“The screenings (including blood pressure and weight checks) are all free,” said Shannel Newton, co-leader of the Black/African American Business Resource Group, which will be onsite to assist. “We do full blood work, so that basically allows you to know your numbers. We give you access to those numbers and results and a counseling session with a Novant doctor or nurse.”  

West Charlotte resident Makheru Bradley has been a regular at the festival since the beginning, speaking about history and current events. The festival’s unofficial historian, Bradley has been an activist since the 1970s, following the civil rights movement. 

“I was being trained by former SNCC (Student Nonviolent Coordinating Committee) members,” said Bradley. “One thing they emphasized was studying history beyond the classroom. I became aware of Juneteenth in the 1970s, but the people I was working with didn’t celebrate it. Our focus was more on demonstrations than celebrations.” 

The first Juneteenth celebration occurred in Texas on the first anniversary – June 19, 1866. In the decades to come – as people migrated to other parts of the country – Juneteenth commemorations spread, often featuring music, barbecues, prayer services and other activities. In 1979, Texas became the first state to make Juneteenth an official holiday. While other states followed, it wasn’t until June 17, 2021, that it was recognized federally.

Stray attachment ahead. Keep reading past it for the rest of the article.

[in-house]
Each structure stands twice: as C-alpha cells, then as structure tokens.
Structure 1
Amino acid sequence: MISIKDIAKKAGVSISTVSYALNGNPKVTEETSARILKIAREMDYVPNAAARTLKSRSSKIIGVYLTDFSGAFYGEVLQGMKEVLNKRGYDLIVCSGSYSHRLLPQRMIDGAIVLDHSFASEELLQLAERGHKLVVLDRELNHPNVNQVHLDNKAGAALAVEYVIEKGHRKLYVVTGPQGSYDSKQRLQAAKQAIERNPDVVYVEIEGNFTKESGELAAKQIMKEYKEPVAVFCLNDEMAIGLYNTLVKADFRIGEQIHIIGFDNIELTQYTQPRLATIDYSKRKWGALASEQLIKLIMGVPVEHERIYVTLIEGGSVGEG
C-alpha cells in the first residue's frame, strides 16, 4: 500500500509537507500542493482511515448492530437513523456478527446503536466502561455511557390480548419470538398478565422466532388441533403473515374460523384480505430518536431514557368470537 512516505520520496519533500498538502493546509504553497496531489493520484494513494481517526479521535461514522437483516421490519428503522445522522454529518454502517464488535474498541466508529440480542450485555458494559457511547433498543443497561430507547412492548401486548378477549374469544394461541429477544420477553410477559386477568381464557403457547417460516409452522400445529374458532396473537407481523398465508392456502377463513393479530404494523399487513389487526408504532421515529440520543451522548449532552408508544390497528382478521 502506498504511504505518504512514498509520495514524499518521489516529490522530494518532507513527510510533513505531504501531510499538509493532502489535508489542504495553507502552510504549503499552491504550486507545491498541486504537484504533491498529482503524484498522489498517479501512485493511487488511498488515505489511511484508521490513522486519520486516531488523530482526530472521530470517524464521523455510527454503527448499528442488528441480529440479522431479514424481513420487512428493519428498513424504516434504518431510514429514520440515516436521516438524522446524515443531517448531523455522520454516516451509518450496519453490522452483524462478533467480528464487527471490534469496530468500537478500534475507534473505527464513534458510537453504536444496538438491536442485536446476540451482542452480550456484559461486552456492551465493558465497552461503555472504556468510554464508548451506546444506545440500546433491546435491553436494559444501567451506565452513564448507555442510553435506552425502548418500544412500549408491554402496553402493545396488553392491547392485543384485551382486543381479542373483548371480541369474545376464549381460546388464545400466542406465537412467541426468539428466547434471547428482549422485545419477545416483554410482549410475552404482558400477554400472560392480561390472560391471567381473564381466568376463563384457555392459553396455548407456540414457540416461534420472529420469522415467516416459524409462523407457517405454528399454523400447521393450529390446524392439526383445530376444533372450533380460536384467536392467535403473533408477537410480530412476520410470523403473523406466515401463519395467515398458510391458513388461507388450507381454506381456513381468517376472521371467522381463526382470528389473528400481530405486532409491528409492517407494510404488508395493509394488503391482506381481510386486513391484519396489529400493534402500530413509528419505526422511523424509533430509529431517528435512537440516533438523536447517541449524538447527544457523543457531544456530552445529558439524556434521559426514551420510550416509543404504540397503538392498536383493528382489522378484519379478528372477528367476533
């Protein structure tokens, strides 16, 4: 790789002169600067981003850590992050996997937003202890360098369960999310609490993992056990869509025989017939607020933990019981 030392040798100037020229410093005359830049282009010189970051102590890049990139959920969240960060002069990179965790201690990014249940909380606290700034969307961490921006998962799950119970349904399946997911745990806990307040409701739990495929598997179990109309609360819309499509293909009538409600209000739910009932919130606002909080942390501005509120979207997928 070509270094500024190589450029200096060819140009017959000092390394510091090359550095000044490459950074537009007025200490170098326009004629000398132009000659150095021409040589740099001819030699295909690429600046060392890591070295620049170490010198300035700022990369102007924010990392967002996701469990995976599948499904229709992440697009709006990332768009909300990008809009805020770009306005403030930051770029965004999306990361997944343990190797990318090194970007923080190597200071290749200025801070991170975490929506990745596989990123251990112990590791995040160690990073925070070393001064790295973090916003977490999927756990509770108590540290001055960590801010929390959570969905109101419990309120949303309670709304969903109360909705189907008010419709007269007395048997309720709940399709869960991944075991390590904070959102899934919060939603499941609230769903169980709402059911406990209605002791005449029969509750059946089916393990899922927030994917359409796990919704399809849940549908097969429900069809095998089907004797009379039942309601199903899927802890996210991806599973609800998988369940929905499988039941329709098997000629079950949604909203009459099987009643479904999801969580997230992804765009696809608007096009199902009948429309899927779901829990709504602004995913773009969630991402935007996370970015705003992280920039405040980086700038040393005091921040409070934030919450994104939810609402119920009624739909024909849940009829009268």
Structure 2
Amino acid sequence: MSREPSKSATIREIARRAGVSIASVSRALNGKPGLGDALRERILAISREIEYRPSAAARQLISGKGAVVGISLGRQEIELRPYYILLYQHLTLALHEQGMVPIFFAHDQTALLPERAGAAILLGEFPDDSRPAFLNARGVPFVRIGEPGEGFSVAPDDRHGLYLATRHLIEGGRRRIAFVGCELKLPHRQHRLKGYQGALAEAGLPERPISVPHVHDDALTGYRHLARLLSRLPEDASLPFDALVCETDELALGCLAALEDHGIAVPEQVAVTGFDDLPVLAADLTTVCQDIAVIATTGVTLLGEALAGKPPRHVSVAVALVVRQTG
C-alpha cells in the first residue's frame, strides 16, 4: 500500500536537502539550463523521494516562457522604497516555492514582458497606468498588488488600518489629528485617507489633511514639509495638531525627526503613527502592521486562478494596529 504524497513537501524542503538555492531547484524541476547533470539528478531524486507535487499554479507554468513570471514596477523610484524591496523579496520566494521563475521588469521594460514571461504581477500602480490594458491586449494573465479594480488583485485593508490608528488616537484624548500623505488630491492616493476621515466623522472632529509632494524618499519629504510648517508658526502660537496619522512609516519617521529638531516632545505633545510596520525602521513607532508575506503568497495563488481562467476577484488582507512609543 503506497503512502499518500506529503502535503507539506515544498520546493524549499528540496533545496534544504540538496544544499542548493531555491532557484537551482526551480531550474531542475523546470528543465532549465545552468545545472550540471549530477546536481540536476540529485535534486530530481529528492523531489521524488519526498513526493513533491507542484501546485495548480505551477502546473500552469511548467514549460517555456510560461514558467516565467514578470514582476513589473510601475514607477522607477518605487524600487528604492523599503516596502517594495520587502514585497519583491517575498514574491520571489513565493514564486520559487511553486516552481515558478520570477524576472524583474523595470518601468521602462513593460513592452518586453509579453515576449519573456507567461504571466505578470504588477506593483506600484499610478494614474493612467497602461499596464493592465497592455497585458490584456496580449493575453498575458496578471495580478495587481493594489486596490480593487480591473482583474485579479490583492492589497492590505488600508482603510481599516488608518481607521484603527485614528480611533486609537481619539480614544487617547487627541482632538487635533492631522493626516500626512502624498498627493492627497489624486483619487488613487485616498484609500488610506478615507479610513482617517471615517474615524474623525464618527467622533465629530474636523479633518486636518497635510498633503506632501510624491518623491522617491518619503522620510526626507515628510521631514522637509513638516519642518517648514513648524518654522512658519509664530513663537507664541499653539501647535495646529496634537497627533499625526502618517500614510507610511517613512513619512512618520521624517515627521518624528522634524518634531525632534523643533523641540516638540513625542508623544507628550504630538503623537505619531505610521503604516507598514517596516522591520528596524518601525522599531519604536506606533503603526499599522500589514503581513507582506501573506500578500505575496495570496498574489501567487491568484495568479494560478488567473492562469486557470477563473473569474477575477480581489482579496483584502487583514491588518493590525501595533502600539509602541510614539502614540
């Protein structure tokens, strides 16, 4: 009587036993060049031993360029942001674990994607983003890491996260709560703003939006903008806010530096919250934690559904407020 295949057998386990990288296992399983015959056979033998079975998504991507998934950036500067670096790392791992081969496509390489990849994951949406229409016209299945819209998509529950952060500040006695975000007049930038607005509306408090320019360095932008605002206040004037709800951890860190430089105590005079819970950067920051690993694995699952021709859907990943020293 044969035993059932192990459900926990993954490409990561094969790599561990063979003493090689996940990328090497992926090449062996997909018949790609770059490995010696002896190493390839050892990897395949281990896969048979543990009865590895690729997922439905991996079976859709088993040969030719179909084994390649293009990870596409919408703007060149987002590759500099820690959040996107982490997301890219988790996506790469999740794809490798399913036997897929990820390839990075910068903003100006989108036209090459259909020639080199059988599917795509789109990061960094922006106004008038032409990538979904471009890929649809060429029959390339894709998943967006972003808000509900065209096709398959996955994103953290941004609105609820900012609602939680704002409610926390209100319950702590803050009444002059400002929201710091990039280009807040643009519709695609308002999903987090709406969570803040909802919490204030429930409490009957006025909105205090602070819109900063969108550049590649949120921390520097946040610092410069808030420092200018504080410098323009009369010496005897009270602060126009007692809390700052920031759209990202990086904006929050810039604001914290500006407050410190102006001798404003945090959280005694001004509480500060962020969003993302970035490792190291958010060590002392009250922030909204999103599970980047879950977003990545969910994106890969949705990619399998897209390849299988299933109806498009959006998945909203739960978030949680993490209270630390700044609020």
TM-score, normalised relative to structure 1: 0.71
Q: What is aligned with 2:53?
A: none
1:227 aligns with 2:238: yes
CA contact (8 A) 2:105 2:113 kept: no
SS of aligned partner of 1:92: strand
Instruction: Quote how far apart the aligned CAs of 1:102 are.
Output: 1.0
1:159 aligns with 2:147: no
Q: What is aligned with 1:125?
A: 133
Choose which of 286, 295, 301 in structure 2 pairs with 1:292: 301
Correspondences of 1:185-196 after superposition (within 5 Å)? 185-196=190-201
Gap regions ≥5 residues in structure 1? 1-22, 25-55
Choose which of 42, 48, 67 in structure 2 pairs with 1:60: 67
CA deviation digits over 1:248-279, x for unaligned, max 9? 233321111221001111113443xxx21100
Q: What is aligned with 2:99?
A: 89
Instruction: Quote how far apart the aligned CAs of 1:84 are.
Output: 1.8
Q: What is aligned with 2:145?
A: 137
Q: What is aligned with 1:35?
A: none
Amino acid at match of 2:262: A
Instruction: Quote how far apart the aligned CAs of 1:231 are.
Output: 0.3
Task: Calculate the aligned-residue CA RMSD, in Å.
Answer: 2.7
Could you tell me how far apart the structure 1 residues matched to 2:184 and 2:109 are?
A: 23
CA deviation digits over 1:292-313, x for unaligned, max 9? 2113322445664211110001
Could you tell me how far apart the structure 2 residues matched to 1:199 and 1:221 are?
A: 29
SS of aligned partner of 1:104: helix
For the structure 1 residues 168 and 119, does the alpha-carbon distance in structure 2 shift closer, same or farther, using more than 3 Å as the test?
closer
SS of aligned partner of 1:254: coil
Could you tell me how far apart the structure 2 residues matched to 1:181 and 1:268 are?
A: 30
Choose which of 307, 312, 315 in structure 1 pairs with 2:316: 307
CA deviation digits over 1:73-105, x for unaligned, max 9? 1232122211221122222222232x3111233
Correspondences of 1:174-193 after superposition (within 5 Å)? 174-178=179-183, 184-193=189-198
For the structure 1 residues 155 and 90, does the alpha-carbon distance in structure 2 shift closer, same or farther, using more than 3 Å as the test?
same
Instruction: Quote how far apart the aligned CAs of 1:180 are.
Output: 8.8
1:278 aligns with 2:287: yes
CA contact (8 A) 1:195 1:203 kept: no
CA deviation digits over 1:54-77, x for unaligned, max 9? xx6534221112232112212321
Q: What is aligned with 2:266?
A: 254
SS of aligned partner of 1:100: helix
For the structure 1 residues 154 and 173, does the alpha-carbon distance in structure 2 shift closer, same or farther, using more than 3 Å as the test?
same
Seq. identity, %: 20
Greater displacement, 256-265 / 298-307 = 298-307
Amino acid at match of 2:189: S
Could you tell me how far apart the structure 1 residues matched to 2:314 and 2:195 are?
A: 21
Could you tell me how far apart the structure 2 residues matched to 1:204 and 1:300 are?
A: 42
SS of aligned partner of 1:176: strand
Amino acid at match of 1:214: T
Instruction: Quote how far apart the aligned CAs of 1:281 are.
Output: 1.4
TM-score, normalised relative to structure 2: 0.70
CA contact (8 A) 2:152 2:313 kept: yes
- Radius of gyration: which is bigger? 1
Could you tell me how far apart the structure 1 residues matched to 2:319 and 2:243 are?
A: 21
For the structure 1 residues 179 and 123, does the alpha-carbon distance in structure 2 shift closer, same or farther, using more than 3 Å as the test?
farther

“When Pap came 25 years ago and said, ‘Why isn’t Juneteenth being celebrated in Charlotte and the Carolinas,’ nobody had an answer for him, so he started it,” said Bradley. “He asked me to speak on the subject from a historical perspective every year. That led me into being the historian.” 

Like others closely connected to the Juneteenth Festival of the Carolinas, the annual celebration allows Bradley to not only engage and elevate but also educate and enlighten: “The impact the festival has had has given me an opportunity to transfer my knowledge to younger generations.” 

For more information on Juneteenth Festival of the Carolinas, visit 

Constance Brossa is an independent writer and editor based in Charlotte, North Carolina, who also owns a marketing agency focused on brand storytelling. 

Constance Brossa is an independent writer and editor based in Charlotte, North Carolina, who also owns a marketing agency focused on brand storytelling.